Tencent blocks Uber on WeChat, so what ‘fair play’ can we expect in China?
Top leaders have pledged to strengthen the rule of law to protect the business interests of all parties
Global car-hailing app Uber and its local rival in China, Didi Kuaidi, are de facto in a business war, after Tencent, a key investor of Didi, decided to remove Uber from one of the most powerful online marketing platforms in the world’s No 1 internet market.
What’s the key takeaway of the story here for other foreign businesses if they are considering doing or expanding business in China? It’s getting more difficult to make money in China, especially when you have to compete with local monopoly players.
The news that all Uber’s WeChat accounts had been removed by Tencent, the parent and owner of WeChat, China’s most popular real-time messaging app, where many businesses have set up accounts to promote products and services and engage with customers, shocked the technology world over the weekend. Tencent said it blocked Uber on WeChat, affecting Uber’s online services in at least 16 Chinese cities, because of “malicious marketing”, something Uber denied.
Tencent’s move came just days after Didi announced a global alliance with Lyft in the United States, GrabTaxi in Singapore and Ola in India, with the partnership widely dubbed an “anti-Uber alliance” by tech industry players.
It’s been no secret for the past few months that there’s no friendship between Uber, the US-based car-hailing app that has changed the way people travel every day, and Didi, its top rival. Uber co-founder and chief executive Travis Kalanick accused Tencent publicly at an industry forum in late October of using WeChat to censor positive news about Uber and play up negative stories. Tencent didn’t respond to those complaints. If Kalanick’s allegation were true, Tencent would be the one playing dirty tricks through “malicious marketing”.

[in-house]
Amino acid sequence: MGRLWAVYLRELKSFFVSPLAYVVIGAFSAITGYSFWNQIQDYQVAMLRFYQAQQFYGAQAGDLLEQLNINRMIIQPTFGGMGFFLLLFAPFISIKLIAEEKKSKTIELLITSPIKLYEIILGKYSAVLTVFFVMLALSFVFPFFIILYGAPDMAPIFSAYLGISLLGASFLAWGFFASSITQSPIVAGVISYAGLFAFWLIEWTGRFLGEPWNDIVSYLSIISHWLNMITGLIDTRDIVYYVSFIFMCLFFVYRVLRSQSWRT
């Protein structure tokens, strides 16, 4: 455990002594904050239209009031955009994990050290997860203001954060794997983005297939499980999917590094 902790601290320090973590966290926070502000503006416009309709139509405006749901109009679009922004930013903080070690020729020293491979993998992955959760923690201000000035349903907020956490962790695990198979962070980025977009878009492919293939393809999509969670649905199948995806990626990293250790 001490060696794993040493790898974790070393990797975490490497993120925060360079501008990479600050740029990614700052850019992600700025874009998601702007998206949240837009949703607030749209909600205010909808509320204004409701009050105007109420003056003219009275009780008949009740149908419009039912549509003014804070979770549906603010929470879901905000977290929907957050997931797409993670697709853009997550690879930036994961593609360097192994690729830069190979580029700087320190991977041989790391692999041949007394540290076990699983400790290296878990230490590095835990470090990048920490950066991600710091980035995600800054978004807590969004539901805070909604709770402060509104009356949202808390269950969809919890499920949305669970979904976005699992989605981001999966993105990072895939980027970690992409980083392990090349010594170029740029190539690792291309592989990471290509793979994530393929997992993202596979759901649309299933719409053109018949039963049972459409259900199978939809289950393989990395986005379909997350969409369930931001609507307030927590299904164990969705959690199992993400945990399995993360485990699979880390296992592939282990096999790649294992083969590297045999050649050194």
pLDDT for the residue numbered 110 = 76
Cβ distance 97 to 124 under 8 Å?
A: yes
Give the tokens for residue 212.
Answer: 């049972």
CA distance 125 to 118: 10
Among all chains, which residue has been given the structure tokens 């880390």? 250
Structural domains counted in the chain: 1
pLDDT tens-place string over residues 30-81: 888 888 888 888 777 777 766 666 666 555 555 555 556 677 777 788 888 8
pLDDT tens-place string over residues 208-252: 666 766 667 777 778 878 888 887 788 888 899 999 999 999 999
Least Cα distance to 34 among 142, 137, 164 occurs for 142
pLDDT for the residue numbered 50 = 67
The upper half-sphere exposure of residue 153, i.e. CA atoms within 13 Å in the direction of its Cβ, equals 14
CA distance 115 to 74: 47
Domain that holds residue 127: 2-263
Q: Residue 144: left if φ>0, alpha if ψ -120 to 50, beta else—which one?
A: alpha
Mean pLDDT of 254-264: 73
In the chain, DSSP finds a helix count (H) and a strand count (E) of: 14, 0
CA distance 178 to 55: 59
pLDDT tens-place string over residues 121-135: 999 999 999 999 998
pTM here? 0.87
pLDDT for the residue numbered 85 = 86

Tencent is one of the three most powerful internet firms in China – collectively known as “BAT” – along with Baidu, China’s top search engine, and Alibaba, the No1 e-commerce firm in the world’s second-biggest economy.
But my bigger concern is whether everyone can expect fair play when doing business in China, at a time when top leaders are calling on foreign investors to continue to support Chinese economy and have pledged to strengthen the rule of law to protect the business interests of all parties.
Domestically, even between the members of the BAT triumvirate, we’ve seen more and more negative – and totally unnecessary – marketing tricks attacking each other. A new online poster distributed by Alibaba to promote the use of Alipay, the popular online payment tool that makes it stand out in tough competition, suggested Alipay users should not shop at many Alibaba rivals, including some backed by Baidu, because doing so risked “misfortune”.
Businesses compete with each other all the time and all around the world, especially when they grow bigger and expand beyond their home markets. In the good, old days we had a “gentlemen’s rule” to show respect to your rivals, but in China nowadays winning business is all about winning market share, by any means.